stds-802-16-tg3: ITU Meetings Re: 5250-5350 MHz: Loss of Spectrum for Outdoor LE RLANs
Hello to all:
I thought I would give all of you in TG4 and TG3 a heads up as to what is
happening in Geneva next week on an issue that is of considerable
importance to the technology you are developing and the wireless services
you may wish to provide.
I will be attending a meeting of the ITU JRG 8a/9b committee which will
be discussing the coexistence of outdoor WAS ( wireless access service)
devices with Earth Exploration Satellite Systems (Active) (EESS). As you
may or may not know, the 5250-5350 MHz band has EESS as a primary user in
this band. UNII and other regulations (in ITU region 3) allow WAS devices
to use this band on a non-interfering basis with EESS. The debate currently
before the ITU 8a/9b subcommittee is whether outdoor WAS should be allowed
to operate in this manner post 2003. There is tremendous pressure,
primarily from the Europeans, to remove outdoor terminals from the band.
Canada has been pushing for a directive antenna specification to be used on
outdoor WAS. Such antennas would significantly reduce outdoor RLAN
interference to EESS. During the 22-26 October meetings of the ITU
8a/9b, decisions will be made whether to accept this antenna
specification or to reject it. Such a decision would be forwarded up the
ITU regulatory chain via the 8a and 9b study groups and would eventually
become a recommendation tabled at WARC 2003. The US FCC is on record
stating that it will support outdoor license exempt FWA applications within
the 5250-5350 band only if it is shown that co-existence can be achieved.
This co-existence decision will likely be made next week and it is my
personal opinion that the US will in all likelihood adopt the decision
as its WARC 2003 policy regarding outdoor LE in the 5250-5350 MHz band.
The meetings in Geneva will discuss the proposed EIRP mask for outdoor WAS
terminals. There is significant protection afforded to the EESS by this
mask, but there is always a slight chance of interference. It is over the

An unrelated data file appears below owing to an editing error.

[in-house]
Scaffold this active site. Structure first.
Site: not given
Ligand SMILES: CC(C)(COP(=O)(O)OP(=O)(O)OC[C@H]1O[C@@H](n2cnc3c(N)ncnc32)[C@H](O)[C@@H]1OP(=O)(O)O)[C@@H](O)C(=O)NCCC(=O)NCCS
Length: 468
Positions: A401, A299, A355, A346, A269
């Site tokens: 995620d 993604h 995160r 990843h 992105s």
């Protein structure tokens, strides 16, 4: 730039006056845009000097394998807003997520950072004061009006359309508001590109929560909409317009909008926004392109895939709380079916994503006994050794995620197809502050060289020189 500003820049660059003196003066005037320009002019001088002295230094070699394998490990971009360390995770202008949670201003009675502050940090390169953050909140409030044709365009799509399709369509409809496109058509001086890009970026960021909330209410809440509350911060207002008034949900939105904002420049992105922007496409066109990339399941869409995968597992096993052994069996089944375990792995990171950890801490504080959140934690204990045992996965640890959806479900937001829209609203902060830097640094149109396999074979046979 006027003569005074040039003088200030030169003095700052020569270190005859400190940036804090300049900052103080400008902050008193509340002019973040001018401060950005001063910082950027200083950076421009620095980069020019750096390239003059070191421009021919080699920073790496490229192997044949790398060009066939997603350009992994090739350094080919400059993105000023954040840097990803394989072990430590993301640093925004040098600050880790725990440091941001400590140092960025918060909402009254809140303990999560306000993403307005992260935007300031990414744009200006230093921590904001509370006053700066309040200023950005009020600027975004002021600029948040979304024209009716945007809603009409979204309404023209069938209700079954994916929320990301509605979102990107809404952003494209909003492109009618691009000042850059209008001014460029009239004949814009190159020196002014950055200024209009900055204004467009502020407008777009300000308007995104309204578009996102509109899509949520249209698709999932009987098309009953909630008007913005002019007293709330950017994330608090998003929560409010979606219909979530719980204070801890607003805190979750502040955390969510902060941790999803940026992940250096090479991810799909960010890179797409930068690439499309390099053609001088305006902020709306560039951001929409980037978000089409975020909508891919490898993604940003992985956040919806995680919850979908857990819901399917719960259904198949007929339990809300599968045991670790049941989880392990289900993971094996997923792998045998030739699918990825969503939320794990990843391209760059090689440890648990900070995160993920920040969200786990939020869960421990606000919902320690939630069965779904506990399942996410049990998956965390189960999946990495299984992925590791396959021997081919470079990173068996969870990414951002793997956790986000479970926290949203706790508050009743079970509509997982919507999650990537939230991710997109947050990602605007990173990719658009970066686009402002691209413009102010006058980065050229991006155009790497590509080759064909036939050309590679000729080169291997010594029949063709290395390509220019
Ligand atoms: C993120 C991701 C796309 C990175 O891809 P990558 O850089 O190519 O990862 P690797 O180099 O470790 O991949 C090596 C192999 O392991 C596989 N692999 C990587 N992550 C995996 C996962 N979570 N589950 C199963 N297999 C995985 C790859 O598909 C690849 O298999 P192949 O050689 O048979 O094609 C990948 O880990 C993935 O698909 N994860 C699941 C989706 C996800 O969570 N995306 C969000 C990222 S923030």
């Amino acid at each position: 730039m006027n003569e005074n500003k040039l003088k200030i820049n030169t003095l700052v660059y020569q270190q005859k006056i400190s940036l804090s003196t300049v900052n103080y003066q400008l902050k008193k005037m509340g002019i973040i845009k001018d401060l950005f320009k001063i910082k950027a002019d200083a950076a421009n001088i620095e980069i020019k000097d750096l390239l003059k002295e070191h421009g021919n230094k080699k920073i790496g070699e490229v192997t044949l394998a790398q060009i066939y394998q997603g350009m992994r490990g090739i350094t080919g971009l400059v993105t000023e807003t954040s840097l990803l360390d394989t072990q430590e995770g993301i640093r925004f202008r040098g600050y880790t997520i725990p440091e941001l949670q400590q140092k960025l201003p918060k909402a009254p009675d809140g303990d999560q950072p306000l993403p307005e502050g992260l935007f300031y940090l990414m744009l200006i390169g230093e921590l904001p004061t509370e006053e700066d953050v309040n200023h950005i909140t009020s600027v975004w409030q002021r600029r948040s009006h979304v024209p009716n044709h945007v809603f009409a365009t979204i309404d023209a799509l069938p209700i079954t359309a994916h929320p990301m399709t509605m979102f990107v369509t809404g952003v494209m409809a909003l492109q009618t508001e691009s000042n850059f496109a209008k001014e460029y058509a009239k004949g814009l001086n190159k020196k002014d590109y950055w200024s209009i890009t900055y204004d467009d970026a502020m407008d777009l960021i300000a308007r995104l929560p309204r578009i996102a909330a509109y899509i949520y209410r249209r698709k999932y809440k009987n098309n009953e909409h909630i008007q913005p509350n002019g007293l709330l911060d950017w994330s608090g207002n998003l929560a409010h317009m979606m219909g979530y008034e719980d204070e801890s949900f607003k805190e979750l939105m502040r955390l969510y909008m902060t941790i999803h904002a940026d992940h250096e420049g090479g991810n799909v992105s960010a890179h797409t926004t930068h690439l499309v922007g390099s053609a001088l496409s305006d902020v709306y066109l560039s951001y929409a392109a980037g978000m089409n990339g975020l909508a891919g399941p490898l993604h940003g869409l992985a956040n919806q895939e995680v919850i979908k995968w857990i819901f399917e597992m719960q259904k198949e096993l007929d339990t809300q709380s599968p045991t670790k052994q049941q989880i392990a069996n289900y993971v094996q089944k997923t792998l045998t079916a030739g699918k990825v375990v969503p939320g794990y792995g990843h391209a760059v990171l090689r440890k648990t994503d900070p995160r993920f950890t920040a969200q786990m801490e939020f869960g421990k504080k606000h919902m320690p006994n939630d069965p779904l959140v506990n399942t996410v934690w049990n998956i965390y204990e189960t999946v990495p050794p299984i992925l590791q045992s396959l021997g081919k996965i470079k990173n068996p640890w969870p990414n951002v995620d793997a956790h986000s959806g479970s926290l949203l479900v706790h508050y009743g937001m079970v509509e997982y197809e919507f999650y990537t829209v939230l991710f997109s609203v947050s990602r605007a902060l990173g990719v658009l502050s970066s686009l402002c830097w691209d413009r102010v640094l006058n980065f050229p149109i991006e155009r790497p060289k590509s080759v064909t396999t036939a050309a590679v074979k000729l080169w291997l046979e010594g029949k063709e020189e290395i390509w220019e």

issue as to what “slight” entails that the arguments will ensue. In such
discussions it is very important that our ITU representatives have a clear
understanding of how important the 5250-5350 MHz band is to RLAN service
providers and manufacturers. The representatives are keen to respond
to private sector input and my experience is that they will work very hard
for the development of an equitable solution that will be satisfactory to
both the RLAN and EESS community. To date the EESS community has been very
active in stating their case. The RLAN community, because of its diversity,
small size of companies, and focus on the current economic climate, has not
been as forthright in stating its perspectives.
It is important that those of you who have an interest in seeing 5250-5350
MHz. preserved for outdoor applications make your concerns known now. This
is probably the last chance in view of the regulatory process that will
transpire over the next year. If permission to operate in 5250-5350 MHz is
lost to the outdoor RLAN community, there will likely be no case for
additional bandwidth in the future considerations at 5450-5560 MHz…..and in
post WARC 2003 there will only be 100 (possibly 125) MHz in the 5725-5825
MHz band only allowed for outdoor LE applications. In such a scenario,
the FDD type systems for which we have be devising specifications in TG4
will be very difficult, if not impossible, to implement . TDD systems
developers also should carefully consider the above issues. Bandwidth,
even with the use of directive antennas, is much more valuable than no
bandwidth at all. Currently, 200 MHz is available to the outdoor LE RLAN
community. If there is success in preserving the band in 5250-5350 and the
community works toward additional allocations in the 5450-5560 MHz band,
in post WARC 2003 up to 300 MHz could be available for global outdoor LE
RLAN applications. If success is not forthcoming, then the community will
have a crowded 100 or so MHz…..which is a difficult scenario on which to
build a case for a viable broadband wireless industry.
I strongly urge you to get in touch with your ITU JRG 8a/9b representatives
and make it known that you care about the above issues. Your
representatives want feedback from you. So far, they have been hearing the
EESS side of the story. In Canada you should email Doug Sward at
firstname.lastname@example.org . For the United States email Paul Marrangoni at
pmarrang@FCC.gov . For other countries I will endeavor to find your
representative if you email me.
Even short email messages expressing concern carry weight. Please send them
before Thursday, the 18th of October as your ITU representatives will begin
traveling soon. You can copy me on the emails if you so wish.
Thanks for your time.
Research Broad Band Wireless
Communications Research Centre
3701 Carling Avenue